Research finds ‘heartbreak’ syndrome linked to cancer and brain response to stress

“Heartbreak” syndrome, heart Temporary weakening is associated with the brain’s response to stress, a 2019 study found

In an article published on European Heart Journal In March, Swiss researchers said they found an association between the way the brain communicates with the heart and the broken heart syndrome, also called Takotsubo syndrome (TTS).

Due to intense emotional events, TTS is a rare temporary condition It Weakens the left ventricle Interrupt normal pump function.

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For them the studySwiss neuroscientists and cardiologists performed MRI brain scans on 15 TTS patients (on average, about 1 year after diagnosis) and compared them to scans from 39 healthy individuals.

Specifically, we focused on four brain areas that control emotion, motivation, learning, and memory, and share information with each other. The two areas they analyzed, the amygdala and the cingulate, help control the autonomic nervous system and cardiac function.

In analyzing the scan, researchers were able to correlate the function of these “areas” with TTS.

“We found that TTS patients had reduced communication between brain areas related to emotion processing and the autonomic nervous system that controls the unconscious functioning of the body, compared to healthy people.” Pudding Zurich Said in a statement.

“For the first time, we have identified a correlation between changes in the functional activity of specific brain regions and TTS. This strongly supports the idea that the brain is involved in the mechanisms underlying TTS. And physical stress are strongly associated with TTS, and it has been hypothesized that overstimulation of the autonomic nervous system may trigger TTS events, “added Templin.

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However, researchers did not perform MRI scans of the brains of TTS patients at the onset of symptoms, so they could not determine whether reduced communication between the brain and heart was the cause of TTS or vice versa .

“Our results suggest that additional research needs to be performed to determine if this is a causal link,” said a senior researcher at the University of Zurich Hospital and co-author of the study. Said Dr. Jelena Ghadri.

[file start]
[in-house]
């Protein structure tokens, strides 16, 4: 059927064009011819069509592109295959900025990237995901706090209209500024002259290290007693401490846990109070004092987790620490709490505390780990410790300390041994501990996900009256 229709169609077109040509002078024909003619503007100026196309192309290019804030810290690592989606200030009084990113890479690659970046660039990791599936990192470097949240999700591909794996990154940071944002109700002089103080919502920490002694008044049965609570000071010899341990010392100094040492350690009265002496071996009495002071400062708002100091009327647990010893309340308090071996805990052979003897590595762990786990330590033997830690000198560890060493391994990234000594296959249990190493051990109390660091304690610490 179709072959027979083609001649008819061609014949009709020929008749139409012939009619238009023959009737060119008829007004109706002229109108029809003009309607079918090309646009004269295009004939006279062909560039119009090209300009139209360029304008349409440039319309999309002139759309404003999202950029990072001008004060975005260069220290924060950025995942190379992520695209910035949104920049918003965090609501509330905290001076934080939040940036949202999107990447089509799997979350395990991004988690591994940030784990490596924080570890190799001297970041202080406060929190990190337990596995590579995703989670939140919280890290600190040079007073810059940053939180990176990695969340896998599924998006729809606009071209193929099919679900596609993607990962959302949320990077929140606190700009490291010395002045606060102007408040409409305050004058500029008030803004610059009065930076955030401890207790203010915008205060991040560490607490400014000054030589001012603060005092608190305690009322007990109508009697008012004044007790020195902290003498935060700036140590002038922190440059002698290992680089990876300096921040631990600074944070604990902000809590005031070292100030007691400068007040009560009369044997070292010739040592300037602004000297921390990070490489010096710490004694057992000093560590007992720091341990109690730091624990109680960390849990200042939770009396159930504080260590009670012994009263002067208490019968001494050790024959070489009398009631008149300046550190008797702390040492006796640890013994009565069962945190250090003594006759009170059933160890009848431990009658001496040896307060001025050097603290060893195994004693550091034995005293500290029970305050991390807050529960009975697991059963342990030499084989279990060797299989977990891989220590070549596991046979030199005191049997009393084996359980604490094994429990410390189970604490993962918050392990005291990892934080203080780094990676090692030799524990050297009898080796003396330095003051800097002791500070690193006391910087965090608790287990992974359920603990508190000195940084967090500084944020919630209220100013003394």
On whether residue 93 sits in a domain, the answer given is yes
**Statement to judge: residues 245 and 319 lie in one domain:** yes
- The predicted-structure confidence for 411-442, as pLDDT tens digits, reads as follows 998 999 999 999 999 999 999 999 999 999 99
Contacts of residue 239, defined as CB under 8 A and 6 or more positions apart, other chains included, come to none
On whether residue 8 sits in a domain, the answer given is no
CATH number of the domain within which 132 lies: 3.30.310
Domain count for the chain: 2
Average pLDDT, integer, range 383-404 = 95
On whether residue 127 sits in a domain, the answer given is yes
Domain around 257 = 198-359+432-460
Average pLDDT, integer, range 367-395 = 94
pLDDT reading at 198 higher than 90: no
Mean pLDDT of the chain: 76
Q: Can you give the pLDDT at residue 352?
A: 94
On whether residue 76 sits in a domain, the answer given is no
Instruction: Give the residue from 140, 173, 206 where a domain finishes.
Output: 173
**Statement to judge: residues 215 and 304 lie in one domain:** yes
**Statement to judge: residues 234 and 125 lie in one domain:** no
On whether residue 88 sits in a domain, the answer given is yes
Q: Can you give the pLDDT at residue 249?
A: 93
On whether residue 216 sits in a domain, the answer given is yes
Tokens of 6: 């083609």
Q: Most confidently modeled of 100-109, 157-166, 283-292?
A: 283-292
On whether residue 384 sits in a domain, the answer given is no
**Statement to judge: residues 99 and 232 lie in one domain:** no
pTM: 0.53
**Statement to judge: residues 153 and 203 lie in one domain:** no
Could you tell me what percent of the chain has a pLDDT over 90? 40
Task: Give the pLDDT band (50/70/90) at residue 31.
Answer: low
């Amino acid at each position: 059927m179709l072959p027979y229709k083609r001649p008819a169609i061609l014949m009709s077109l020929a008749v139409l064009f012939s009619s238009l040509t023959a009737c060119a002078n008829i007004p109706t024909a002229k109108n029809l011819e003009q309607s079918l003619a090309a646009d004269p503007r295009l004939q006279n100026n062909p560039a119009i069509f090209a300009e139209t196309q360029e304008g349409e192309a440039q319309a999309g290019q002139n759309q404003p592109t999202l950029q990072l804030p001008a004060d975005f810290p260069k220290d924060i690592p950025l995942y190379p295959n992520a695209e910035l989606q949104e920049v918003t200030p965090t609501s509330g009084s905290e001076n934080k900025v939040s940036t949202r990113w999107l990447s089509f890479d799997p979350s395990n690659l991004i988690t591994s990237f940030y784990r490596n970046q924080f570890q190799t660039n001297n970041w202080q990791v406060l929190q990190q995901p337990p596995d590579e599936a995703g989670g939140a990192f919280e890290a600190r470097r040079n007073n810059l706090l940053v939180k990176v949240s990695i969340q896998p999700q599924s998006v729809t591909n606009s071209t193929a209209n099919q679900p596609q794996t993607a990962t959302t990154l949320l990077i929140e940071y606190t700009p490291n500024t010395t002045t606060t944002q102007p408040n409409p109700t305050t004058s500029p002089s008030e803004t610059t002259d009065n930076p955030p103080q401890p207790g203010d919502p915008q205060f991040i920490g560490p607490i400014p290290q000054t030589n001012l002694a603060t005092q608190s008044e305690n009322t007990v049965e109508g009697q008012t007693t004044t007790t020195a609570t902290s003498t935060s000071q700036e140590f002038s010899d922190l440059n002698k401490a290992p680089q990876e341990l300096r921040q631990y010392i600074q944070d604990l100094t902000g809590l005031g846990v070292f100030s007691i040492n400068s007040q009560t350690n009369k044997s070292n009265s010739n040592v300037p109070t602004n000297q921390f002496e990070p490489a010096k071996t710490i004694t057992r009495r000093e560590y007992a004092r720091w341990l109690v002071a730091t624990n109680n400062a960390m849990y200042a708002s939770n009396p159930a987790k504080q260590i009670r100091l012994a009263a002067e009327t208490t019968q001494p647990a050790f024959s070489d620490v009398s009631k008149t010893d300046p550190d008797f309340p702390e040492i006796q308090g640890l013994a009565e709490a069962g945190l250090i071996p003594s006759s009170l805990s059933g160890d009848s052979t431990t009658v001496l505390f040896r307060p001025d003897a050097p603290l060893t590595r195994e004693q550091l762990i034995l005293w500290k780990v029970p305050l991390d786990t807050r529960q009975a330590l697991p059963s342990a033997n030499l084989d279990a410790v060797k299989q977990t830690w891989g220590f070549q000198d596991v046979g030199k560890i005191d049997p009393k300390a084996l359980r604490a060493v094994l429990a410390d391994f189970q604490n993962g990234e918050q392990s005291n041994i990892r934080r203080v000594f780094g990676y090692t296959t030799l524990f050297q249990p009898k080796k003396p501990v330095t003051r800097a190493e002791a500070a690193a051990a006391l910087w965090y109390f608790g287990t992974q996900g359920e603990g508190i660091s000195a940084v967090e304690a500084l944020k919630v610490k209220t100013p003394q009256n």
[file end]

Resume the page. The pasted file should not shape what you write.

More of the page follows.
“I hope this study provides a new starting point for studying TTS, which goes far beyond the ‘broken heart’ syndrome, and where the brain-heart interaction is clearly and completely understood. I understand that I don’t. “

The symptoms of TTS (chest pain and shortness of breath) are similar to those of a heart attack.

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“If you look at the disease, takotsubo cardiomyopathy, or the heartbreak syndrome, there is an outrageous amount of stress, all the stress hormones you feel in your head are released into your body, and your heart is almost in a state of shock. The moment you do it looks like a heart attack. “Cardiologist Suzanne Steinbaum said, I told Fox News before.

Many recover quickly from TTS, but in rare cases can be fatal. Steinbaum recommends that any person who experiences symptoms such as shortness of breath, chest pain, or motion pal see a doctor immediately.

TTS is more closely related to sad events, such as the death or unemployment of a loved one, but also very happy events, such as a wedding or winning a lot of money.

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In addition, international studies from July have linked TTS to cancer.

In a study published by American Heart Association JournalResearchers have found that one in six people with TTS has some form of cancer, stating that “it is unlikely to live for five years after the outbreak.”

“Of the 1,604 patients with heartbreak syndrome at the International Takotsubo Registry, 267 patients or 1 in 6 (average age 69.5 years, 87.6% women) had cancer,” the study notes. “The most frequent type of malignancy is breast cancer, followed by tumors that affect the gastrointestinal system, respiratory tract, internal organs, skin and other areas.”

“ Screening for cancer to improve overall survival may benefit patients with heartbreak syndrome, ” said Templin, who participated in a previous study published in the European Heart Journal. Was.

“Our study shows that syncope syndrome needs to be considered in patients undergoing the diagnosis or treatment of cancer experiencing chest pain, shortness of breath, or abnormal ECGs, among oncologists and hematologists. You need to recognize it. “

Fox News’s Lindsay Carlton contributed to this report.

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